pcazeaux@ku.edu
Office: 509 Snow Hall
(785) 864-7116

Paul Cazeaux
405 Snow Hall
1460 Jayhawk Blvd.
University of Kansas
Lawrence, KS 66045, USA

pcazeaux@ku.edu
Office: 509 Snow Hall
(785) 864-7116

Paul Cazeaux
405 Snow Hall
1460 Jayhawk Blvd.
University of Kansas
Lawrence, KS 66045, USA

Teaching



Spring 2019: KU MATH 320, Elementary Differential Equations

This is an introductory course in ordinary differential equations. These are equations linking functions and their derivatives in various ways.

Differential equations are of tremendous importance in many applications, as they model a wide range of phenomena happening around us every day: from fluid dynamics (water waves, aerodynamics) to the motion of atoms (protein folding), from population dynamics to economics or finance (option pricing), differential equations are everywhere in science and engineering.

Syllabus
Tentative schedule
Student Conduct Code


Fall 2018: KU MATH 220, Applied Differential Equations

This was a third semester course of calculus concerning applied differential equations.

Course notes:

Week I: Introduction (Definitions, Classification, Direction Fields)
Week II: First-Order ODEs (Integrating Factors, Separable Equations)
Week III: First-Order ODEs (Salt Tank Problems, Newton's Law of Cooling)
Week IV: First-Order ODEs (Autonomous equations, Existence and Uniqueness Theorem)
Week V: First-Order ODEs (Exact Equations, Conclusion) and Second-Order ODEs (Introduction, Constant Coefficients)
Week VI: Second-Order ODEs (Linear Homogeneous Equations, Wronskian)
Week VII: Second-Order ODEs (Complex Roots of the Characteristic Equation)
Week VIII: Second-Order ODEs (Repeated Roots, Reduction of Order, Undetermined Coefficients)
Week IX: Second-Order ODEs (Mechanical and Electrical Vibrations, Forced Vibrations)
Week X-XI: Systems of First-Order ODEs (Introduction, Vectors and Matrices, Basic Theory)

Student Conduct Code

Spring 2018: KU MATH 647, Applied Partial Differential Equations

This was an advanced undergraduate course of calculus concerning applied partial differential equations.
Syllabus
Student Conduct Code

Fall 2017: KU MATH 220, Applied Differential Equations

This was a third semester course of calculus concerning applied differential equations.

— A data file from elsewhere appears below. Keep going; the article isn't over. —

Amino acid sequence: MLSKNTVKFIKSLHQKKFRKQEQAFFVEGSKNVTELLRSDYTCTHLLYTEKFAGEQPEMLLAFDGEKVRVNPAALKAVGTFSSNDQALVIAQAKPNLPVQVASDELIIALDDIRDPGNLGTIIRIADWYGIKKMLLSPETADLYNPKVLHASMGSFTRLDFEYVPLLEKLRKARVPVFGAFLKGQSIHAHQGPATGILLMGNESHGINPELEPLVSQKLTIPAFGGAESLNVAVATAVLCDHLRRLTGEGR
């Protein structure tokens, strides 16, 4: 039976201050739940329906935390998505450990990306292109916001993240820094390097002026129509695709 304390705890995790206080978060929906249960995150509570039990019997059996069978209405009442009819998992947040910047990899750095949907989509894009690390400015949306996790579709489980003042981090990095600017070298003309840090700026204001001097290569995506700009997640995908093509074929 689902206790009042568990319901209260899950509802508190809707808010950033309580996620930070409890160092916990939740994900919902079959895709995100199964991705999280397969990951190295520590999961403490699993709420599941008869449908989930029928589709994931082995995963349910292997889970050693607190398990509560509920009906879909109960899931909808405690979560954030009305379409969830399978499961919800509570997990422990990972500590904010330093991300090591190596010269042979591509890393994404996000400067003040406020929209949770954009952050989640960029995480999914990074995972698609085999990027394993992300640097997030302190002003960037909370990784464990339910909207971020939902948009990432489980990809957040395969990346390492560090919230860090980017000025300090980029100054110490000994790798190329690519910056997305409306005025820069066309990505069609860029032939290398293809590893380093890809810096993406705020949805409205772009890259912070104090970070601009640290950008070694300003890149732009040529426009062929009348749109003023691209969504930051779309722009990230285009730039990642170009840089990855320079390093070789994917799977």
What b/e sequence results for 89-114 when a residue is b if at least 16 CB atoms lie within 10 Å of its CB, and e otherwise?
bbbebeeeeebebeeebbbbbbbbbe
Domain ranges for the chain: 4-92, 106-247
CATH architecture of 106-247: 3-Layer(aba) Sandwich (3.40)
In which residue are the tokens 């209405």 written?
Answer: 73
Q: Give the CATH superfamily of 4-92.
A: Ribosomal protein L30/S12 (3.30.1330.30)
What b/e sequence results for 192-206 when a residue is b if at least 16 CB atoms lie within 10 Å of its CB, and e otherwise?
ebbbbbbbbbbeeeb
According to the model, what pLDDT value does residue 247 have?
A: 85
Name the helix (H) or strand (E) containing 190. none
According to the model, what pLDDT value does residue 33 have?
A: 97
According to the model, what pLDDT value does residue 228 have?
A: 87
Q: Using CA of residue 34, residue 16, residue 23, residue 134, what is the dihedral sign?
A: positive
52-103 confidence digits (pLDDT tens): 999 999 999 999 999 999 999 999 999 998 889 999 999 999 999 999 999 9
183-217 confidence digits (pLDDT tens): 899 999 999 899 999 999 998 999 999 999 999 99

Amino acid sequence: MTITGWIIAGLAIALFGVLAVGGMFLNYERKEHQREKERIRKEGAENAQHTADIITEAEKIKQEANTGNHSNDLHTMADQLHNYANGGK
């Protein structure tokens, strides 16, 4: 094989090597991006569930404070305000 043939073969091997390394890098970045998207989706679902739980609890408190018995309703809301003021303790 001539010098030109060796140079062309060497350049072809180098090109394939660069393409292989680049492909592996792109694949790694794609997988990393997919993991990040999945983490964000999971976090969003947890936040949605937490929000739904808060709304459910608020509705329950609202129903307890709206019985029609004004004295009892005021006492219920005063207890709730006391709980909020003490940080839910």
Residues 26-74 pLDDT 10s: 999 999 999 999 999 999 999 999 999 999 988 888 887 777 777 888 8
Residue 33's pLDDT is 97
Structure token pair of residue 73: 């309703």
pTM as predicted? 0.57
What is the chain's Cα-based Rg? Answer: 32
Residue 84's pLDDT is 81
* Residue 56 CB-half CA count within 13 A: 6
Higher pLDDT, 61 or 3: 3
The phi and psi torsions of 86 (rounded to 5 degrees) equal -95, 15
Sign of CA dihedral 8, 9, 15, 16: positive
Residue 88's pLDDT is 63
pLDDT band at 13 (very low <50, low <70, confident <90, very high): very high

Course notes:

Week I: Introduction (Definitions, Classification, Direction Fields)

Student Conduct Code

Fall 2016: MATH 2373 CSE, Linear Algebra and Differential Equations at the University of Minnesota

This was a third semester of calculus concerning linear algebra and differential equations, pitched to budding engineers.

Course notes:

Week I-II: Matrices (Definition, Gaussian elimination, Determinants, Inverse)
Week III-: ODEs (First order, tangents)
Week VI: ODEs and Linear Algebra, A. Binder (Characteristic polynomial, linear independence and combinations)
Week VII-VIII: Eigenvalues, eigenvectors, diagonalization (Definition, characteristic polynomial, practical method to compute the eigenvalues and eigenvectors, diagonalization)
Week VIII: Note on Matrix Powers by Prof. Mori

Student Conduct Code
General Policy Statements for Syllabi

2014: Supervision of semester projects at EPFL

  • S. Amraoui, an exchange student from Polytech Nice studying at the EPF Lausanne (4th year, Master's level), a mathematics major. During the spring of 2014, she conducted a semester project under my supervision on the subject Topological Optimization for Conductive Problems, using gradient descent and Newton methods as well as the Solid Isotropic Material with Penalization (SIMP) method.

  • J. Droxler, a Master's student, mathematics major at EPF Lausanne. During the spring of 2014, he conducted a semester project under my supervision on the subject Topological Optimization for Conductive Problems, using global optimization methods such as simulated annealing and genetic algorithms. He is currently continuing as a MSc student in the MCSS Chair at EPFL.